The interface is a message
When Marshall McLuhan introduced its famous phrase “the medium is the message”, it was considered just a way to call for attention. It was difficult to understand that the cinema itself was a message and not just the content of the movies.
Today, it should be clear that an interface is a medium, therefore, an interface is a message.
For me, the save icon on a button in an app is a metaphor or metonymy of a floppy disk. For my daughter, the icon means directly “save”. And a floppy disk is a physical representation of the “save” icon.
When a designer mimics an object to design another—called a derivative—retaining ornamental attributes in the new one that are no longer functional, the designer is using skeuomorphism: light bulbs were derivatives from candles, automobiles from horse carts, radio receivers from phonographs.
The skeuomorphism can be a resource that works as an interpreter, container or vehicle in the use of transitional objects or forms—although it can be a simple design style, of course.
You can experience and learn to use an app using your previous experience and knowledge using physical objects: volume dial, keyboard, switch button…
But once we learn to use the digital object, the skeuomorphism is no longer necessary. Once we get used to the form, we no longer need the container.
The first apps for the iPhone were very skeuomorphic. Then came the material design, with its minimalism and functionalism.
But the material design style was only possible because we, the users, learned to use digital interfaces without the need of physical references.
Well, not for everyone. Do you remember the language of films?
My daughters (especially the youngest) interact seamlessly with their apps and games on the smartphone or the tablet. Simpler apps are difficult if not impossible for my parents.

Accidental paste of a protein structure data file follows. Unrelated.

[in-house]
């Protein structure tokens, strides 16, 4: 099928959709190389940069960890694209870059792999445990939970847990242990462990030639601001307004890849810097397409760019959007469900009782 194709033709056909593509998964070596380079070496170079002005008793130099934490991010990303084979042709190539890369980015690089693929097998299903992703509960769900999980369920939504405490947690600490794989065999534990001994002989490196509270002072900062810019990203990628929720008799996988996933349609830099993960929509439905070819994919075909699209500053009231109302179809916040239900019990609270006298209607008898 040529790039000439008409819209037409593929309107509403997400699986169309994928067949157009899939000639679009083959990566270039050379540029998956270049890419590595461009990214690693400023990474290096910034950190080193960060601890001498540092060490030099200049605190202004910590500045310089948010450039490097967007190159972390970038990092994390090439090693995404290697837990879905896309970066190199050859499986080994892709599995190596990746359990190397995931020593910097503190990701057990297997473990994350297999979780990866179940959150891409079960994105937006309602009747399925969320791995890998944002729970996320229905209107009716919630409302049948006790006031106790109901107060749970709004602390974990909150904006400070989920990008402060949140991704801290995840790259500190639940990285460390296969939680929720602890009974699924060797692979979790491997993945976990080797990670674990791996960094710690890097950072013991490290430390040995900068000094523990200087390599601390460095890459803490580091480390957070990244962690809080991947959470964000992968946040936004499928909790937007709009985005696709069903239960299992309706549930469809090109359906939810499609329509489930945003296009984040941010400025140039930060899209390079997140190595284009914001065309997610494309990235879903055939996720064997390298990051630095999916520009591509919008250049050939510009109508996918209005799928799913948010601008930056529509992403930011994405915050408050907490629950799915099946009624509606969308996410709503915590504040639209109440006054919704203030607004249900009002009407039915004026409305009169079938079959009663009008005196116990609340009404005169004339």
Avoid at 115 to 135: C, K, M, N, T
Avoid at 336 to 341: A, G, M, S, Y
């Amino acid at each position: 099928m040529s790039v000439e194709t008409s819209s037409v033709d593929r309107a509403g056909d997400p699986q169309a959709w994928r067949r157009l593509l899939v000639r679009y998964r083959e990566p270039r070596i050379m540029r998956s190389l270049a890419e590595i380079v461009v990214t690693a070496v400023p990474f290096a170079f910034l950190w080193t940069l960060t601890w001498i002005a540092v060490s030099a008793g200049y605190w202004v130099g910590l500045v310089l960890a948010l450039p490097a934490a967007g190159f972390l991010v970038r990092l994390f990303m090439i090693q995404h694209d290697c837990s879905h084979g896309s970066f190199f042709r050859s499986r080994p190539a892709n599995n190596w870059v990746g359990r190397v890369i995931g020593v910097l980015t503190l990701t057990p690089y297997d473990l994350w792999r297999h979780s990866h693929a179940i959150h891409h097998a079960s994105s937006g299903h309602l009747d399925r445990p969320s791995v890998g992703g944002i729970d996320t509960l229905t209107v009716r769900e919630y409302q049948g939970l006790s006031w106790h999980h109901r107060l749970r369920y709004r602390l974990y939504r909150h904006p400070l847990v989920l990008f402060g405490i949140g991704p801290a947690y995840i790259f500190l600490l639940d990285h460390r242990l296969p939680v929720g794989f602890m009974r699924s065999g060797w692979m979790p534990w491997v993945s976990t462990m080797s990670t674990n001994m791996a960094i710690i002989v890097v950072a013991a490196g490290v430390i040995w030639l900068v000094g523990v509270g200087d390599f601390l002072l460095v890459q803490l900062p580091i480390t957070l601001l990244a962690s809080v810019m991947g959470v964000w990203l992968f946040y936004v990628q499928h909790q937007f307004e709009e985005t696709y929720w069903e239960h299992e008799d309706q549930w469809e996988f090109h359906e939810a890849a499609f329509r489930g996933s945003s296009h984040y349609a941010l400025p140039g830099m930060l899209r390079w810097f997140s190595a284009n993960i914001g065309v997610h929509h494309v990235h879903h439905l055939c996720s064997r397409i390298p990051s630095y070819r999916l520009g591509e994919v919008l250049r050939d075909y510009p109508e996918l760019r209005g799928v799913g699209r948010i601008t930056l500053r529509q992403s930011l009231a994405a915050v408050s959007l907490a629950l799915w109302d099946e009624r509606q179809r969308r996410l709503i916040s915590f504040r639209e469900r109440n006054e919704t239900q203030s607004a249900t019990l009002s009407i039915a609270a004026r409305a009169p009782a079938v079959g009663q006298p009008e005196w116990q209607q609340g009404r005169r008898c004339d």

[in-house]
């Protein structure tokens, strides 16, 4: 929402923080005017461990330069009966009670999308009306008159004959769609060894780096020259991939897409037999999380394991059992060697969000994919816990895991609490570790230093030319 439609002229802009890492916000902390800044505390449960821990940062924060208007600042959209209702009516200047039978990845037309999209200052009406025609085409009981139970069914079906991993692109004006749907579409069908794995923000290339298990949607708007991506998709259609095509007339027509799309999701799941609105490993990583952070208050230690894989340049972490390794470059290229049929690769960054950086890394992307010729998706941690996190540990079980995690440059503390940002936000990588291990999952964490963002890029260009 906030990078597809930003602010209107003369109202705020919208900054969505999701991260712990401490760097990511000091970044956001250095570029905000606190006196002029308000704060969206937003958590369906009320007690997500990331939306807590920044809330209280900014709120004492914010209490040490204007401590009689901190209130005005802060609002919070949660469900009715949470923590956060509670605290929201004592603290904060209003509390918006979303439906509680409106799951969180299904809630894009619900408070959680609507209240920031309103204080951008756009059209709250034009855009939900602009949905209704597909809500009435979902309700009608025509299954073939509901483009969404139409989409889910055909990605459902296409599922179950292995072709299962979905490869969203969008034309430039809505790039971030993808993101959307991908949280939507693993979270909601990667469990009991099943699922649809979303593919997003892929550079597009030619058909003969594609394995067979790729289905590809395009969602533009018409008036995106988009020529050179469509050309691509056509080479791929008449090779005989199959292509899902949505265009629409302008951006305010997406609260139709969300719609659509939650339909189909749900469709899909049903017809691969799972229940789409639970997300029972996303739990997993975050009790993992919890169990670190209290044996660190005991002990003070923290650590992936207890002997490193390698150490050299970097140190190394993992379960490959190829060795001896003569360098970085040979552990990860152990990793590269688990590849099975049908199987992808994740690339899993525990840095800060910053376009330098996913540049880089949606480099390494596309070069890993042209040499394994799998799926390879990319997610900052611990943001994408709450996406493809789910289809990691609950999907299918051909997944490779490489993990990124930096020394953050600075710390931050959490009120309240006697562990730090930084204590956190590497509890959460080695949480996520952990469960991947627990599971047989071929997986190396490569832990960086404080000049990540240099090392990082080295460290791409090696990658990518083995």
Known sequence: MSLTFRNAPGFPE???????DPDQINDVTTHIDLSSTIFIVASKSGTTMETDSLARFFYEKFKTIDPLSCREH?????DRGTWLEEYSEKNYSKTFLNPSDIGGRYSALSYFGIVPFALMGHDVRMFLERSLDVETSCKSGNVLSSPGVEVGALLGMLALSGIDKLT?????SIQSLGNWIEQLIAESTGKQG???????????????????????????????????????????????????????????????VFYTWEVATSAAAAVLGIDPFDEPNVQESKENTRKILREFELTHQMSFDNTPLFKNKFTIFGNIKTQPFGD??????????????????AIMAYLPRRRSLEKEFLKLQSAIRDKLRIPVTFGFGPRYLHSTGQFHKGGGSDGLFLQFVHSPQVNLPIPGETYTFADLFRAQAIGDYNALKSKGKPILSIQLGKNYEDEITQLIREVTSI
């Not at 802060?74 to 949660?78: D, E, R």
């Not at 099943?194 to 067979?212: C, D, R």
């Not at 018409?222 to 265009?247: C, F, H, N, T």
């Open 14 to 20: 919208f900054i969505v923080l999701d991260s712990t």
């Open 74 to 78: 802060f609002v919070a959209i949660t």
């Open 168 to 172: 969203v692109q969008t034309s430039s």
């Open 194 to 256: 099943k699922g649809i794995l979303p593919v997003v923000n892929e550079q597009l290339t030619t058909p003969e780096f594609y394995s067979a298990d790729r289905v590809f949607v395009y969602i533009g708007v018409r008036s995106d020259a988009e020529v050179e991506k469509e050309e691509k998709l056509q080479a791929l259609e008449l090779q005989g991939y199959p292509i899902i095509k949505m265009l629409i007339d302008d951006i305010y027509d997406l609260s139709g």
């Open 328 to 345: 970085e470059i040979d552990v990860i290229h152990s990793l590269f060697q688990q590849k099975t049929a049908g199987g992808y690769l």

For my three-year-old daughter a flat design button is a button. For my father it is a colored rectangle with some text on it.
With a limited verbal vocabulary, my little daughter becomes an interface when she says “touch here, granddad!” pointing to a colored square ot a picture thumb.
(By the way, my dad’s response is “how does she know that?”.)
If you are making a movie for my parents, be gentle with the montage and camera movements, please. If you are designing an app for my parents, you have to use skeuomorphism. It’s not an aesthetic decision.
But if you are making a movie or designing an app for my daughters, you have more aesthetic freedom. Make complex montages, move the camera, use material design.
The use of skeuomorphism can be minimalistic or prodigal. There is no need to go baroque with skeuomorphism. In fact, I think that the real problem with skeuomorphism was not the mimic aspect of it, but the non-minimalistic and non-functional approach of its use in digital design.
The skeuomorphism in UI design will die someday in the future, like the need for intertitle cards and interpreters in the movies.
But not yet. There are personas in the design of user experiences and interfaces that still need a container, a vehicle, an interpreter, to understand the form.